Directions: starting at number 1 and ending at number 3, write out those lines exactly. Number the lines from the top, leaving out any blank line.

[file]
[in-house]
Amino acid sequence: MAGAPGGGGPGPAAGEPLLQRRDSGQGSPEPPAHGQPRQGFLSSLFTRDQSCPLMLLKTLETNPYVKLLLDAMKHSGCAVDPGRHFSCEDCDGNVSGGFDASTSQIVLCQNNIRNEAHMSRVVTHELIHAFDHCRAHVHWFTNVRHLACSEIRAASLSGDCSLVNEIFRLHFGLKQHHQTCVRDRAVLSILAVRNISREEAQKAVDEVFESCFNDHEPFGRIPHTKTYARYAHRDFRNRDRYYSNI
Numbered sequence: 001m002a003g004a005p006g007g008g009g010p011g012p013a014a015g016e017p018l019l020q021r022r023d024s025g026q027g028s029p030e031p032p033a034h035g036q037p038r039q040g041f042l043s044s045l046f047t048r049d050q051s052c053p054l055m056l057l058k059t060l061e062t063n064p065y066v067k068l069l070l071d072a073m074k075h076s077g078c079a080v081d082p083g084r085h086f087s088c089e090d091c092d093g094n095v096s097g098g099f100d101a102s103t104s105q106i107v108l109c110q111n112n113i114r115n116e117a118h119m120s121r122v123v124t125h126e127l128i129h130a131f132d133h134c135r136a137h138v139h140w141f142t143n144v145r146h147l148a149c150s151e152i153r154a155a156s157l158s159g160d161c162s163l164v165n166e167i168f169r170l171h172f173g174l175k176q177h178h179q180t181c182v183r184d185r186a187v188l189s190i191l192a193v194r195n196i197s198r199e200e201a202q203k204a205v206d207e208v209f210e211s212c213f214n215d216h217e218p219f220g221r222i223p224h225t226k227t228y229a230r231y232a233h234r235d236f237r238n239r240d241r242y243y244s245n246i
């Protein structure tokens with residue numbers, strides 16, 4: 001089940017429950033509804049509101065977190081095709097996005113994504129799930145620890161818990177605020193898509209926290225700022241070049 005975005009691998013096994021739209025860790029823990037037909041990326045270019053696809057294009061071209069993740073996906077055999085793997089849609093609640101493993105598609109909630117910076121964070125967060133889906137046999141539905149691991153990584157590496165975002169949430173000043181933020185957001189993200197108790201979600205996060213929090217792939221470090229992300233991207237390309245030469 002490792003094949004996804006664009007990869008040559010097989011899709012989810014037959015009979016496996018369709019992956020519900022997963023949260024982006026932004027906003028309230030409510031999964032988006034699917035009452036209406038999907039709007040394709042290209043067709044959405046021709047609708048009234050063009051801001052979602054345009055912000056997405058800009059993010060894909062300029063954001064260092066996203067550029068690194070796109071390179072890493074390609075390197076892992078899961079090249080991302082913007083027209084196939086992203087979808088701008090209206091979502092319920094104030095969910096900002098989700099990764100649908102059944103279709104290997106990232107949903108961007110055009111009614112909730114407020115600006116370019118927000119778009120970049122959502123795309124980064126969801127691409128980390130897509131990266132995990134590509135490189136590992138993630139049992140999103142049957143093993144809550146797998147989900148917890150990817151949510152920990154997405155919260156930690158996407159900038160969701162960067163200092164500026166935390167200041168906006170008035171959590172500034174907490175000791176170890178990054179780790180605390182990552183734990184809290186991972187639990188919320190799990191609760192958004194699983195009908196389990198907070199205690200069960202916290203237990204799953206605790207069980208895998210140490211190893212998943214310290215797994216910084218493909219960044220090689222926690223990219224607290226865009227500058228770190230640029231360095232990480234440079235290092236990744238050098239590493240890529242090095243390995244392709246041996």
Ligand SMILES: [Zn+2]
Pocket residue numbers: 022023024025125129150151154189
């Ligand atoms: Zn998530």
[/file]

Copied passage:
[in-house]
Amino acid sequence: MAGAPGGGGPGPAAGEPLLQRRDSGQGSPEPPAHGQPRQGFLSSLFTRDQSCPLMLLKTLETNPYVKLLLDAMKHSGCAVDPGRHFSCEDCDGNVSGGFDASTSQIVLCQNNIRNEAHMSRVVTHELIHAFDHCRAHVHWFTNVRHLACSEIRAASLSGDCSLVNEIFRLHFGLKQHHQTCVRDRAVLSILAVRNISREEAQKAVDEVFESCFNDHEPFGRIPHTKTYARYAHRDFRNRDRYYSNI
Numbered sequence: 001m002a003g004a005p006g007g008g009g010p011g012p013a014a015g016e017p018l019l020q021r022r023d024s025g026q027g028s029p030e031p032p033a034h035g036q037p038r039q040g041f042l043s044s045l046f047t048r049d050q051s052c053p054l055m056l057l058k059t060l061e062t063n064p065y066v067k068l069l070l071d072a073m074k075h076s077g078c079a080v081d082p083g084r085h086f087s088c089e090d091c092d093g094n095v096s097g098g099f100d101a102s103t104s105q106i107v108l109c110q111n112n113i114r115n116e117a118h119m120s121r122v123v124t125h126e127l128i129h130a131f132d133h134c135r136a137h138v139h140w141f142t143n144v145r146h147l148a149c150s151e152i153r154a155a156s157l158s159g160d161c162s163l164v165n166e167i168f169r170l171h172f173g174l175k176q177h178h179q180t181c182v183r184d185r186a187v188l189s190i191l192a193v194r195n196i197s198r199e200e201a202q203k204a205v206d207e208v209f210e211s212c213f214n215d216h217e218p219f220g221r222i223p224h225t226k227t228y229a230r231y232a233h234r235d236f237r238n239r240d241r242y243y244s245n246i